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« Pushing Beyond the Design of a Building

Whether an educator or school planner, one would be hard pressed to not take notice of this recent provocation from CNN:

The classroom of the future isn’t on a college campus. It’s in the virtual world of “Second Life.”

For those not in the-know, “Second Life” is a virtual world where:

…virtual residents — cartoonish-looking characters controlled via keyboard and mouse — create anything their hearts desire.

Also known as avatars, the residents start up businesses, stage their own concerts, sell real estate and design fashion lines. Reuters news agency even has a correspondent based in the cyber community.

But what impact does this have in the world of education?

A growing number of educators are getting caught up in the wave. More than 60 schools and educational organizations have set up shop in the virtual world and are exploring ways it can be used to promote learning.

The three-dimensional virtual world makes it possible for students taking a distance course to develop a real sense of community, said Rebecca Nesson, who leads a class jointly offered by Harvard Law School and Harvard Extension School in the world of “Second Life.”

“Students interact with each other and there’s a regular sense of classroom interaction. It feels like a college campus,” she said.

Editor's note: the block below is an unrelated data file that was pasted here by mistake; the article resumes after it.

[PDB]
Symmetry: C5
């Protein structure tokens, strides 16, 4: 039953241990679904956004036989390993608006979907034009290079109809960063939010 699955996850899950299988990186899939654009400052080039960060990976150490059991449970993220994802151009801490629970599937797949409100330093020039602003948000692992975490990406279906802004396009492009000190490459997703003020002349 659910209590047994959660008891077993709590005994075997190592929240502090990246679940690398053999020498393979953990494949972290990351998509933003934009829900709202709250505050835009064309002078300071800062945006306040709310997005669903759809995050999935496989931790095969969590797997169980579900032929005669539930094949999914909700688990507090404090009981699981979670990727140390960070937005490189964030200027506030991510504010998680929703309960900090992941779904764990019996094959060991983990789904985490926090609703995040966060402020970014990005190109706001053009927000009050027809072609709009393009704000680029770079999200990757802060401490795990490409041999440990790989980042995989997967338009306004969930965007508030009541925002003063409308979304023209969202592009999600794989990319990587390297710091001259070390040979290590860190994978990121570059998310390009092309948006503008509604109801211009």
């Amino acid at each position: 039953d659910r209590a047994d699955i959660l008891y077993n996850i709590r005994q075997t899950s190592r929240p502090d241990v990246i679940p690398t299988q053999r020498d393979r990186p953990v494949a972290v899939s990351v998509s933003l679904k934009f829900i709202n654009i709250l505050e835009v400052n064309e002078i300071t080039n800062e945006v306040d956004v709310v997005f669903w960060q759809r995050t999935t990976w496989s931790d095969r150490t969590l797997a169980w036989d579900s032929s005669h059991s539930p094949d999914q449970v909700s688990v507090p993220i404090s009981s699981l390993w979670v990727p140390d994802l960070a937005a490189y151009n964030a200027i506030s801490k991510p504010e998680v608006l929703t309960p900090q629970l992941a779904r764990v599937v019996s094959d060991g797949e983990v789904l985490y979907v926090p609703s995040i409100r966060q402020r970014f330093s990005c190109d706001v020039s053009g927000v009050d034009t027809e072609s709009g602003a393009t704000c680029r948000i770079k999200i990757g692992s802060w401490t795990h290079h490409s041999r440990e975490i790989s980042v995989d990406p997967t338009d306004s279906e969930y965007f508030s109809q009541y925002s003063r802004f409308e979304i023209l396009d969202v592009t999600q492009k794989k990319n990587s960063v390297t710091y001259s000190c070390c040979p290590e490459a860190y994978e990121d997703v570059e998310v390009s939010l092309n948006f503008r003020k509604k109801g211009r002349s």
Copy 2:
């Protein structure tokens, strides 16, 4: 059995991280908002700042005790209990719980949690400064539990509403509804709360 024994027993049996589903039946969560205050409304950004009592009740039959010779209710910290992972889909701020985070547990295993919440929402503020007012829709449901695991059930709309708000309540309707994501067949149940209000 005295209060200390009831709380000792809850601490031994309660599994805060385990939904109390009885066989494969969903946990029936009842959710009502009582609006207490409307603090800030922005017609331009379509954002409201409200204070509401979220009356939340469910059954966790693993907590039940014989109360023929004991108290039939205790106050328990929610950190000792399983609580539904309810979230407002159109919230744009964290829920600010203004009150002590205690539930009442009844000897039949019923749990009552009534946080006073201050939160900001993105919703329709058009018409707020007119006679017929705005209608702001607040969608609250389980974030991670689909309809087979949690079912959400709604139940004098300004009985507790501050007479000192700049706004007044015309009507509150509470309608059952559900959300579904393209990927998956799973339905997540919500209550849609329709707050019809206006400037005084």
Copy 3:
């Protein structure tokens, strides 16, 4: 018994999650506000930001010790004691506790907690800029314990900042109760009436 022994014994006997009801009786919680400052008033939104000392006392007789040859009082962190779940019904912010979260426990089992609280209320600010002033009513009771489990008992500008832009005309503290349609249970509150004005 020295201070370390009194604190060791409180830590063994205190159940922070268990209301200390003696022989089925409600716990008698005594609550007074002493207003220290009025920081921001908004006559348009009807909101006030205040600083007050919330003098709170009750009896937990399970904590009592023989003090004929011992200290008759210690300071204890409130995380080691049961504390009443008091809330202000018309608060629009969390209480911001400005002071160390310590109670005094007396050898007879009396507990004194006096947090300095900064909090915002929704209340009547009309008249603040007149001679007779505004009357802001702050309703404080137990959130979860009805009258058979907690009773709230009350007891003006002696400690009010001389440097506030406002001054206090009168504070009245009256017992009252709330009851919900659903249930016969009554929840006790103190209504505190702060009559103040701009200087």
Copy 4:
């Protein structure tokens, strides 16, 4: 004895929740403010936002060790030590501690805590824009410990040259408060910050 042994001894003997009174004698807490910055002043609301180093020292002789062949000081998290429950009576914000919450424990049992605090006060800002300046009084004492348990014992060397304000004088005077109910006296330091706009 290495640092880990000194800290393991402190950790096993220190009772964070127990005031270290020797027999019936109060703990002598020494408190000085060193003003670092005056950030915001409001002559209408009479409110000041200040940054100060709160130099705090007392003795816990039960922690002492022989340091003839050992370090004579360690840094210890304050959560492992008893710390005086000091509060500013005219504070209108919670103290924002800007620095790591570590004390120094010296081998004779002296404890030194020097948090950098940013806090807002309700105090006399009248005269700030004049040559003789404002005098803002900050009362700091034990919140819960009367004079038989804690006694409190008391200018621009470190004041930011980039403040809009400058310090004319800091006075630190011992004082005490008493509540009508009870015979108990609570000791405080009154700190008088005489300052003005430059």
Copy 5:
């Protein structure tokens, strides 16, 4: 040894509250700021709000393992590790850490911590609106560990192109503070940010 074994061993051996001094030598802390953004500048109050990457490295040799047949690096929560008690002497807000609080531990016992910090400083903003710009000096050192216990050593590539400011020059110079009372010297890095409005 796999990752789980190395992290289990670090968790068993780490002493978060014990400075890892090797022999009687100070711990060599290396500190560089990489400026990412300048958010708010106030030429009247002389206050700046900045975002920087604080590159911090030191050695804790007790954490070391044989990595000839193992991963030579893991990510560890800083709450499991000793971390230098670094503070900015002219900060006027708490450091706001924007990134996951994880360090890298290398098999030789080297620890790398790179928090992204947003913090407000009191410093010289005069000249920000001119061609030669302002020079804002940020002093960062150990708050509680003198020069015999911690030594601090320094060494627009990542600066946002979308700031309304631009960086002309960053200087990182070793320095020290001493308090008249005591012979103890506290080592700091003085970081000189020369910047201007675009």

She holds class discussions in “Second Life” as well as office hours for extension students. Some class-related events are also open to the public — or basically anyone with a broadband connection.

Heck, when a Harvard Law class is begin taught in “Second Life” complete with a professor avatar and each student taking on the virtual identify of their choice, all while participating in the full classroom experience, you know something is beginning to gain momentum.

One of the critical ‘drawbacks’ for many who challenge alternatives to the ‘real’ F2F experience of attending classes — whether it be via a virtual university or a “Second Life” course — lies in whether or not the student is actually participating, and whether the participation affects the other members of the course. The following is offered as a testament to the potential of “Second Life” courses:

Most people think online learning doesn’t require participation or engagement with course material, he said. But in “Second Life” there’s real-time interaction, which means students need to engage in the discussion — much as if they were sitting in a brick and mortar classroom.

John Lester, community and education manager at Linden Lab, the creator of “Second Life,” echoed that view. “There is a real human being behind every avatar — the people are very real. It’s just the medium is different,” he said.

This, of course, calls into question whether or not this rising trend of virtual education, from the University of Phoenix to avatar-filled “Second Life” courses will have an impact of note upon the school planning/design community. In otherwords, as more and more educational experiences can be given robust life in a virtual context, what impact does this have on brick-n-mortar facility decisions?

Your thoughts?

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